Visiting Other Masters Clubs
Swimming Away from Home
One of the great benefits to being a US Masters swimmer is the opportunity to swim with other programs when you are away on vacation or business. The following are some suggestions to give you the most enjoyment out of swimming with other programs.
1. Do your homework (research) before traveling. Don’t wait until you are on a trip to see if you can find a place to swim. Do an internet search to find the possible places to swim, both with a team, or just lap pools. Follow up with some emails or phone calls to get details on if they allow visitors and what the cost will be. If you wait until the last moment you may not get a reply in time. I can’t tell you how many messages people have left on my phone at night asking if they can visit practice the next morning and I don’t listen to it until the practice has passed. Below is a list of some good links to find places.
2. AFTER you have done your homework ask me (Coach Kim) or the other coaches if we have any recommendations on the best places to go in that city based on quality of facilities, coaching, or appropriate training groups to your level. Realize that Alamo Masters swimmers are quite “SPOILED” with several WIDE lanes, multiple training times per day, and a huge spectrum of ability from VERY novice to VERY fast. While most programs do have varying ability, some cater more toward highly experienced swimmers, and others are full of inexperienced newbies.
3. Ask your teammates if you know they have visited a particular area, especially out of the country. At Alamo we have swimmers traveling around the world. They can be a great resource on where to swim if you are traveling internationally.
Etiquette Away from Home
Top-ten things to remember when visiting a Masters team:
1. Know in advance what or if you need to pay to drop in. Have cash or a check ready (see also items 9 and 10).
2. Arrive a little early to give adequate time for parking, finding the pool, meeting the coach, etc.
3. Introduce yourself to the coach and show him/her your current USMS card. Do this before anything else!
4. If you know you will be late, send an email or call the team contact to see if this is OK. If you need to leave early, tell the coach at the beginning of the workout. Some teams do not take kindly to late arrivals or early departures.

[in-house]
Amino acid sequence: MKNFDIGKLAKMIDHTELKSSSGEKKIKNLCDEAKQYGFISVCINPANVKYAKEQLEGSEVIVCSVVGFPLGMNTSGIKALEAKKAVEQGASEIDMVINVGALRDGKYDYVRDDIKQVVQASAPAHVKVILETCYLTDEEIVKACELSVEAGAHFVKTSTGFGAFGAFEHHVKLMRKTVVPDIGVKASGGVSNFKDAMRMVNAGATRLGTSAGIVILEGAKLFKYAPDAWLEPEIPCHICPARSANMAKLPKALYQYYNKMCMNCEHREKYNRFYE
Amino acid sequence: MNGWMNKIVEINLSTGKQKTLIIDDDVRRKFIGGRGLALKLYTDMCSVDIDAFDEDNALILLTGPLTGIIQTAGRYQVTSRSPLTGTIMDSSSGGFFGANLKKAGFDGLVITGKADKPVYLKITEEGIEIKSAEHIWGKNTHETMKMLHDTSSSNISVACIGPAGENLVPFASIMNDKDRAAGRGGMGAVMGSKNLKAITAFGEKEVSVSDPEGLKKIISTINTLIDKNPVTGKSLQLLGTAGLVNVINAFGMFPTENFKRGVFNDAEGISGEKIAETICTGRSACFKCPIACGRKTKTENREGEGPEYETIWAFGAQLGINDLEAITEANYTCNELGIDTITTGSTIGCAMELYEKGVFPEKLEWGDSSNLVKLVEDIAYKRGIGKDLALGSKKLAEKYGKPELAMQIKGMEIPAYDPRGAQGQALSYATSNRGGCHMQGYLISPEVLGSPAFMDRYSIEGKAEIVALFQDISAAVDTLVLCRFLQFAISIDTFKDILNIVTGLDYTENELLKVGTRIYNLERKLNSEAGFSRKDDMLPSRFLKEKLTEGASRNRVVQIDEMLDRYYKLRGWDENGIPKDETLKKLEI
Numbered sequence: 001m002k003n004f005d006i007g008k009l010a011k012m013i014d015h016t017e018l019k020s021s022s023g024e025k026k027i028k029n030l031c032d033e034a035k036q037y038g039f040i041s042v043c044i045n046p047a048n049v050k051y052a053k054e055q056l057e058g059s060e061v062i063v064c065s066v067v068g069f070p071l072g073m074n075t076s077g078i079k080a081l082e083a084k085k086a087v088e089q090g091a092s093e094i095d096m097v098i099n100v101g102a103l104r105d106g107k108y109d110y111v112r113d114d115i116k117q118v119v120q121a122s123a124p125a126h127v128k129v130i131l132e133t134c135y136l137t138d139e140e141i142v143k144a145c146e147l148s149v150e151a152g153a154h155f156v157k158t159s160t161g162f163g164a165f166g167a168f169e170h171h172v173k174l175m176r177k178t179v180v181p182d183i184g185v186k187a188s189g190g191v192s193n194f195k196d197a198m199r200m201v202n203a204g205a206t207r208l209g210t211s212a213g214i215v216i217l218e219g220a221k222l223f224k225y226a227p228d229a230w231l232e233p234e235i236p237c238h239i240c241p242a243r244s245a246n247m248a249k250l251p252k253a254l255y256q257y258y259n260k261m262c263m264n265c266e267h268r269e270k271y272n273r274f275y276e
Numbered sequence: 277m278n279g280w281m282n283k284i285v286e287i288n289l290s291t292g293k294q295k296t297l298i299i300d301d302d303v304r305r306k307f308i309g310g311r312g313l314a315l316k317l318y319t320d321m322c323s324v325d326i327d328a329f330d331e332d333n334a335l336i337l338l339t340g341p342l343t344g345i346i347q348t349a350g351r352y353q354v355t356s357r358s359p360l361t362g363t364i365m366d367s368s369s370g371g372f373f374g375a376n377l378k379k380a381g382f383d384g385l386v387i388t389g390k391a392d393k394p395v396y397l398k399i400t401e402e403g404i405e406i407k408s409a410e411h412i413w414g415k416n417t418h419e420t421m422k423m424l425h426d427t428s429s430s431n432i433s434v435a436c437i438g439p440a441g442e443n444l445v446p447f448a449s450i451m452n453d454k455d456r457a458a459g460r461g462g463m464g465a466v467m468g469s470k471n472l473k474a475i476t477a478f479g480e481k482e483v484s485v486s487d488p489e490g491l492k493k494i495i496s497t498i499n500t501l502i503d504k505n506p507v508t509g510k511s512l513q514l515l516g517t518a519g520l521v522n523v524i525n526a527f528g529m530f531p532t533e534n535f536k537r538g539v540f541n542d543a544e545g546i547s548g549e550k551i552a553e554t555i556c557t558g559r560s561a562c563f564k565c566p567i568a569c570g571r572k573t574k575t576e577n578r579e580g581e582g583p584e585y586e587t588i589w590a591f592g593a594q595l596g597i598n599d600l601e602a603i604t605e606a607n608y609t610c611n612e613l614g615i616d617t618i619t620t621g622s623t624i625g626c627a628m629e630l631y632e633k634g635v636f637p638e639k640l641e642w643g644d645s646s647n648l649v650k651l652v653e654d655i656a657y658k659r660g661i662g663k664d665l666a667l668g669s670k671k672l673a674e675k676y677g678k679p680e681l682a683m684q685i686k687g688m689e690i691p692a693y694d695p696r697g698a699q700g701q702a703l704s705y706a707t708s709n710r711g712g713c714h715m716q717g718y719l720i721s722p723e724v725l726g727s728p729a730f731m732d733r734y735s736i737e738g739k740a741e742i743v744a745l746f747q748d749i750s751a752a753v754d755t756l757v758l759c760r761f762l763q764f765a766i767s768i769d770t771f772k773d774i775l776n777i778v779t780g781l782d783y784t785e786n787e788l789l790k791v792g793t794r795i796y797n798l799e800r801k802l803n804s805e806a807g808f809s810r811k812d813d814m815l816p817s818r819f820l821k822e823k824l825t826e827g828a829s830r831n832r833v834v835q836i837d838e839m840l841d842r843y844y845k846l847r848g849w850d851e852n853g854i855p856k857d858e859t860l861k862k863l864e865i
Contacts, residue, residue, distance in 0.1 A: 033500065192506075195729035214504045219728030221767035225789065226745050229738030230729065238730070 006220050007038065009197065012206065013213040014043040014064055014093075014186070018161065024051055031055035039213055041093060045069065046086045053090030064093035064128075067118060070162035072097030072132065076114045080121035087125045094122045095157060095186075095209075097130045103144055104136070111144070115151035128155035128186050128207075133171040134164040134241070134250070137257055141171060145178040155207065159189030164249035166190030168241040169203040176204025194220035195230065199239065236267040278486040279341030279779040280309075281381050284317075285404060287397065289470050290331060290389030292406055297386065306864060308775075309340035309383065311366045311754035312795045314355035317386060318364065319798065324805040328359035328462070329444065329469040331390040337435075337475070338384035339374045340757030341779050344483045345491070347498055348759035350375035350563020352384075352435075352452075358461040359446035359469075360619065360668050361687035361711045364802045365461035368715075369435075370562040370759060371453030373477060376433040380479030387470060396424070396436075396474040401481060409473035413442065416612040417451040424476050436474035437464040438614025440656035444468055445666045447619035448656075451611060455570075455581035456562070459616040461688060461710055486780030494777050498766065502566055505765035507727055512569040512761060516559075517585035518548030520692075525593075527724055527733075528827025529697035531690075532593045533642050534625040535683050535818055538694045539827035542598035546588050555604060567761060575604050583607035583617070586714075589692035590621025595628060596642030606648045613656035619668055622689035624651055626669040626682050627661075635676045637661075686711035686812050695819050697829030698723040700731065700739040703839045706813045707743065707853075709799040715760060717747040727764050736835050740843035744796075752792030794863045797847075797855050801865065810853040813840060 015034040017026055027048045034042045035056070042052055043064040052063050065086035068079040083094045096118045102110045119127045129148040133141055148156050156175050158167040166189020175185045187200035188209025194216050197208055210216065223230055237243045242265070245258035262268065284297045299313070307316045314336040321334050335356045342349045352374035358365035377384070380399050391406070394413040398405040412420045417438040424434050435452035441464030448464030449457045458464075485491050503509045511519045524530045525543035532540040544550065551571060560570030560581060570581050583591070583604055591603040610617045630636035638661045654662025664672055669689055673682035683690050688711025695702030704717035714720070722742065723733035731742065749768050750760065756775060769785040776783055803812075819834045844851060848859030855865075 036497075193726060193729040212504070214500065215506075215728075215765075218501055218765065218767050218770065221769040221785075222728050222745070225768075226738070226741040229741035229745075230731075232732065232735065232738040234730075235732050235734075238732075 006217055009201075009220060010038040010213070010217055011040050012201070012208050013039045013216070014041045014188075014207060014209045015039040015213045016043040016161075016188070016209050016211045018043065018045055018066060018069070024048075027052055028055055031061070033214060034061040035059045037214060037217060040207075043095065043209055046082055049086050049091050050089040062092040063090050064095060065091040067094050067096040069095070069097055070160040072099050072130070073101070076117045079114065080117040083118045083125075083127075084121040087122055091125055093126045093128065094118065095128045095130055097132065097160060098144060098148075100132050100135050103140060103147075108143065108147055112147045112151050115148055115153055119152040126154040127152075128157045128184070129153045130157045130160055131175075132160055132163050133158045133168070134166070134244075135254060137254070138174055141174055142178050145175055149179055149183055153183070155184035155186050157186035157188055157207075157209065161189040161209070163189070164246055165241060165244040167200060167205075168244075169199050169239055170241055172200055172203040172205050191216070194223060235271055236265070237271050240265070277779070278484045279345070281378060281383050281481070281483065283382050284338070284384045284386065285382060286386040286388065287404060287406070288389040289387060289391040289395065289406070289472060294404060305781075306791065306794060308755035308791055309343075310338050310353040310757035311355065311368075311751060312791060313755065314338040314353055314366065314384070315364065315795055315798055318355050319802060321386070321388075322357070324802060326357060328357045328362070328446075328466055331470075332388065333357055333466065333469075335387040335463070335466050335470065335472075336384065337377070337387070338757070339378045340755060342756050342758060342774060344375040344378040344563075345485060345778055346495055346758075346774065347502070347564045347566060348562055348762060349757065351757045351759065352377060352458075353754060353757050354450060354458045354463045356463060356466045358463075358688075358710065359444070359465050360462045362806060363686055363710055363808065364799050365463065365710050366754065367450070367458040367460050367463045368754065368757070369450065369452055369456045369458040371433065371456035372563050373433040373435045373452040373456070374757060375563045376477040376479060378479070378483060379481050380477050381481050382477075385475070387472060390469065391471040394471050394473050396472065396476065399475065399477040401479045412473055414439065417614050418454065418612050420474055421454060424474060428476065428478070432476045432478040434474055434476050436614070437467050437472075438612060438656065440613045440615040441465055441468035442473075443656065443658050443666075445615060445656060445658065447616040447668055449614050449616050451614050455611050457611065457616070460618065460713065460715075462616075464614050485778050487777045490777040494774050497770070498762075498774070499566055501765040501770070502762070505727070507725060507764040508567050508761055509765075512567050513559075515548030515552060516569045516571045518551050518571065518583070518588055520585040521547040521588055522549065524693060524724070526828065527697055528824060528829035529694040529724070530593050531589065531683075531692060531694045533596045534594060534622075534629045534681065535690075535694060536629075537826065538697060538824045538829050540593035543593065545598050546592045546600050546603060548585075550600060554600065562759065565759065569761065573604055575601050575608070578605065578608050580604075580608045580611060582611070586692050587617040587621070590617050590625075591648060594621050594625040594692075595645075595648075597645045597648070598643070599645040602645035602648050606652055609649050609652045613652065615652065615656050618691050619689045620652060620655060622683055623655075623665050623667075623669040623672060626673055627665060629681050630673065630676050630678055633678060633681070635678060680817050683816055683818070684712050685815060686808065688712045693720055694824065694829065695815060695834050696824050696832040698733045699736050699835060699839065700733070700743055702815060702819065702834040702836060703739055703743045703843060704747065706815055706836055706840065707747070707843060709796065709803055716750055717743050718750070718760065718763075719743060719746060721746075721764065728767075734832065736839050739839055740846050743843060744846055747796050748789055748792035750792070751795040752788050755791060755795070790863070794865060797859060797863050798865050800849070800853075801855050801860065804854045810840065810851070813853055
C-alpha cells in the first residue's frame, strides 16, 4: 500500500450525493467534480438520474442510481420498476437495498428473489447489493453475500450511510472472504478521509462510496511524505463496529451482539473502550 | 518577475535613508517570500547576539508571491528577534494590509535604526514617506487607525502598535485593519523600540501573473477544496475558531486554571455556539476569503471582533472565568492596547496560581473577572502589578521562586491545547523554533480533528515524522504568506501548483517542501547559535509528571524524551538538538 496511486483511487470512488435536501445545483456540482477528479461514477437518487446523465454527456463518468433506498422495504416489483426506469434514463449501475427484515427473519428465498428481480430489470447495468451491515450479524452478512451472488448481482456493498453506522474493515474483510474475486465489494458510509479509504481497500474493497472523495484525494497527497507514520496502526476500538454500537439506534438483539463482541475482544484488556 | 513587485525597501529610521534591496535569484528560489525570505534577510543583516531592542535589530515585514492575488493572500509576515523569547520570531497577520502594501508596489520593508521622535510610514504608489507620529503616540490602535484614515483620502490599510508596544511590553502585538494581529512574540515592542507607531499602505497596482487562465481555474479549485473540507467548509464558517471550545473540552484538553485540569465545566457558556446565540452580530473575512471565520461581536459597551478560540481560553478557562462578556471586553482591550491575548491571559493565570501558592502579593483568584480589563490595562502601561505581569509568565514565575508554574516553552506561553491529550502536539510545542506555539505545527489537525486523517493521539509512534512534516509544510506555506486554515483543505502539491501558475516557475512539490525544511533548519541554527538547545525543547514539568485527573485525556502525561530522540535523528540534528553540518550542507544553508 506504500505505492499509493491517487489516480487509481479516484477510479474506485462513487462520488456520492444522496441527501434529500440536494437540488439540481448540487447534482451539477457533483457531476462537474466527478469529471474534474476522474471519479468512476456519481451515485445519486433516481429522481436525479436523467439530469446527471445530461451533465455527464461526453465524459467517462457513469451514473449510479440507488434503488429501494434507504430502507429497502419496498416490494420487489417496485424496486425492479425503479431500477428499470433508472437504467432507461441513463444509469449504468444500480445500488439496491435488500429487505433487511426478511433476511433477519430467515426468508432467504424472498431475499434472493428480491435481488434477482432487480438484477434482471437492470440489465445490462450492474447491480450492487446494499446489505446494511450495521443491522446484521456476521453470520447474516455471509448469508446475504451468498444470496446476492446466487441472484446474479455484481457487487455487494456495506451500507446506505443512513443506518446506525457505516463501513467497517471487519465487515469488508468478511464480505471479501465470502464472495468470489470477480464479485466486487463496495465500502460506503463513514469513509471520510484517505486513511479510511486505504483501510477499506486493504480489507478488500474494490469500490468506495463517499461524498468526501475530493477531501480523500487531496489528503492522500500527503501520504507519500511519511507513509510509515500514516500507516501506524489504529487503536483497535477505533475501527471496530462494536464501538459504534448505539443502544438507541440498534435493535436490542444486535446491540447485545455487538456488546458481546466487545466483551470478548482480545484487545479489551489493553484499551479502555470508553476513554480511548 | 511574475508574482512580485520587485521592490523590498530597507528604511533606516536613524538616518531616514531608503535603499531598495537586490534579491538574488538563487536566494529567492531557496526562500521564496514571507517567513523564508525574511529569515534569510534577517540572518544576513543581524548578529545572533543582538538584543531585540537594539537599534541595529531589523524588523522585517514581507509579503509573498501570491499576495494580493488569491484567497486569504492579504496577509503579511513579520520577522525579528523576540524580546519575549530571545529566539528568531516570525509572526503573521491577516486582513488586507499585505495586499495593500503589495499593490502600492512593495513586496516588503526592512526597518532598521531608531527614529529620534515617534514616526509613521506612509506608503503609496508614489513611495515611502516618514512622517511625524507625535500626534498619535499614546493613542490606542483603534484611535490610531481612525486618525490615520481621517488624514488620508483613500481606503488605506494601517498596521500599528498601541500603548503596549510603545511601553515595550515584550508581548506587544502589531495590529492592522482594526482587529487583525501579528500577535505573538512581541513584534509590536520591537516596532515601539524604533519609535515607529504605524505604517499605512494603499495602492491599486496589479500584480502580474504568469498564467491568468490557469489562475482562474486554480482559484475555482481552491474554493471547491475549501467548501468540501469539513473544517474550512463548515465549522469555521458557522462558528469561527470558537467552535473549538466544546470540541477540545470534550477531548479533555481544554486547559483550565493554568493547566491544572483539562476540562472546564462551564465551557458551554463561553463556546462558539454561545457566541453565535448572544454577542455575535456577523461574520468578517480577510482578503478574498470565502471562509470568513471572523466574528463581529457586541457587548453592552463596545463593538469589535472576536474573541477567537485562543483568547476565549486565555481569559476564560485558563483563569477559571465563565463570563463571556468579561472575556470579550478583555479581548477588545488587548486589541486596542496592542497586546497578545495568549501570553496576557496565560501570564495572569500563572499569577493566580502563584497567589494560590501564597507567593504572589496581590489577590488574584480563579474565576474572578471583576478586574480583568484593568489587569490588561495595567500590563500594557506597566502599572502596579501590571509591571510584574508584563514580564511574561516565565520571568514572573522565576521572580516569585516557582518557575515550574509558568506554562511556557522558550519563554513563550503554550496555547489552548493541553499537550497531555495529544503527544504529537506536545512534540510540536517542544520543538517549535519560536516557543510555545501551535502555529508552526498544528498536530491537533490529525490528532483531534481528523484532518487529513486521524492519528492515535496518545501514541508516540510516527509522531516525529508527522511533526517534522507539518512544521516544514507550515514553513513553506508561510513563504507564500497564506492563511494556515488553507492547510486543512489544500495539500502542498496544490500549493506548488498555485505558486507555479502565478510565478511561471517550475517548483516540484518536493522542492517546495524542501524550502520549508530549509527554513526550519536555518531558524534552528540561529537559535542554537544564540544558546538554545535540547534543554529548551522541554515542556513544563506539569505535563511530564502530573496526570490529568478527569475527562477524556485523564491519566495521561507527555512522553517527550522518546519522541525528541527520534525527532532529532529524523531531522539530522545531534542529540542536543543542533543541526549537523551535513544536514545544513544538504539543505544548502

5. Ask if there is anything you might do to help get things ready (lane lines, clocks, flags, covers, etc.).
6. Be sure you are getting in the right lane. Ask the coach to explain how the team works (lanes, workouts, etc.).
7. Introduce yourself to your new lane mates. This can be the first step to so many friendships. Without the introduction, it never seems to happen…
8. Swim the set as given, or as your lane has decided to alter it (it is Masters after all). Do not be the visitor who is “doing their own thing”.
9. If you have the foresight to take a Alamo swim cap or T-Shirt, a Starbucks gift card, or some other gift for the coach, this often equals free swimming for the duration of your visit. A little gift goes a long way!
10. Thank the coach for the workout. Tell him or her that it was perhaps the finest piece of coaching that you have ever had the pleasure to encounter. This somehow makes up for coaches being paid far less than they should be.
USMS Places to Swim – the USMS list of places to swim, but it is not exhaustive. Teams have to “opt in” to get their information on the site (and often it is outdated). However, it is still a great resource.
SWIMMERS GUIDE – The tried and true “staple” of finding a place to swim – kind of a bible of lap pools around the globe.
SPMA Places to Swim – If you need to find another program in the SoCal area this is the place to check first
Pacific Masters Places to Swim – the list of clubs from Pacific Masters, their locations, and practice times. Like USMS, this list if kind of an “opt in” and is not always complete and current.
Metropolitan LMSC Places to Swim – the LMSC site for the Greater NYC area. Many of our swimmers travel to NYC, so this is a good site for you.
USMS Zone and LMSC Websites – the USMS list of LMSCs. If you cannot find a club, but feel like there might be one, look for the LMSC Website. Most have a list of clubs. You can contact most clubs via email, or by phone if it is listed. As a last resort, LMSC registrars or officers are often willing to tell you about local clubs. Beware, everyone thinks that their club is the best!
Sample Email to send to prospective clubs to visit:
(give ENOUGH information on your request, ask APPROPRIATE questions not easily answered on their website, give small insight on your ability and goals – BUT NO LIFE STORIES.)
My name is “Joe Swimmer” and I will be visiting “your city” from “date range”. I am a current USMS registered swimmer and I train with the Nova Masters Swimming Program in Orange County under Head Coach Michael Collins.
I will be there _______ (on business, visiting family, for vacation, for an event, for a convention, etc.
I would like to visit your program ___________ (at specific dates and practice times if you know them)
I can swim comfortably “1:30 pace per 100 in a 25 yard pool on a 1:45 interval” and can do all the strokes, although my” breaststroke” is pitiful. I am primarily training for “an Olympic distance triathlon/sprint pool events/open water/to keep from getting a fat ass/to offset all the beer I drink/etc.”
Is there a fee I need to pay if I visit? Are there any parking permits or fees to access the facility?
I look forward to hearing from you soon via email or by phone if you don’t want to write a lengthy response.
your email address
your mobile phone number (too many leave this out and miss getting a swift response)